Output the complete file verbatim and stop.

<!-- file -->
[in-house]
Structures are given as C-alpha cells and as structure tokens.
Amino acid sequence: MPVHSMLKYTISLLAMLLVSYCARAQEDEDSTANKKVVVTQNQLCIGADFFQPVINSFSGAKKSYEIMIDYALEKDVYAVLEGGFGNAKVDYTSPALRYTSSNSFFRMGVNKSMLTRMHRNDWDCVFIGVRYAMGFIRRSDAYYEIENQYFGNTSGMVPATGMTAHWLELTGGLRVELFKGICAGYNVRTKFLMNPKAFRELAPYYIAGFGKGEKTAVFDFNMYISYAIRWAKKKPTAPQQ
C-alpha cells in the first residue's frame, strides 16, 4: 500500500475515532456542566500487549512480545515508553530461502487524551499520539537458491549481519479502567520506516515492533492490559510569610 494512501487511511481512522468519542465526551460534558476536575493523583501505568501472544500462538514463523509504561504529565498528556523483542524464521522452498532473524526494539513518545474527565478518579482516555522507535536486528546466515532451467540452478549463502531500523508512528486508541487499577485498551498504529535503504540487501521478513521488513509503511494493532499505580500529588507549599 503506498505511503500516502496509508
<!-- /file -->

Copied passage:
[in-house]
Structures are given as C-alpha cells and as structure tokens.
Amino acid sequence: MPVHSMLKYTISLLAMLLVSYCARAQEDEDSTANKKVVVTQNQLCIGADFFQPVINSFSGAKKSYEIMIDYALEKDVYAVLEGGFGNAKVDYTSPALRYTSSNSFFRMGVNKSMLTRMHRNDWDCVFIGVRYAMGFIRRSDAYYEIENQYFGNTSGMVPATGMTAHWLELTGGLRVELFKGICAGYNVRTKFLMNPKAFRELAPYYIAGFGKGEKTAVFDFNMYISYAIRWAKKKPTAPQQ
C-alpha cells in the first residue's frame, strides 16, 4: 500500500475515532456542566500487549512480545515508553530461502487524551499520539537458491549481519479502567520506516515492533492490559510569610 494512501487511511481512522468519542465526551460534558476536575493523583501505568501472544500462538514463523509504561504529565498528556523483542524464521522452498532473524526494539513518545474527565478518579482516555522507535536486528546466515532451467540452478549463502531500523508512528486508541487499577485498551498504529535503504540487501521478513521488513509503511494493532499505580500529588507549599 503506498505511503500516502496509508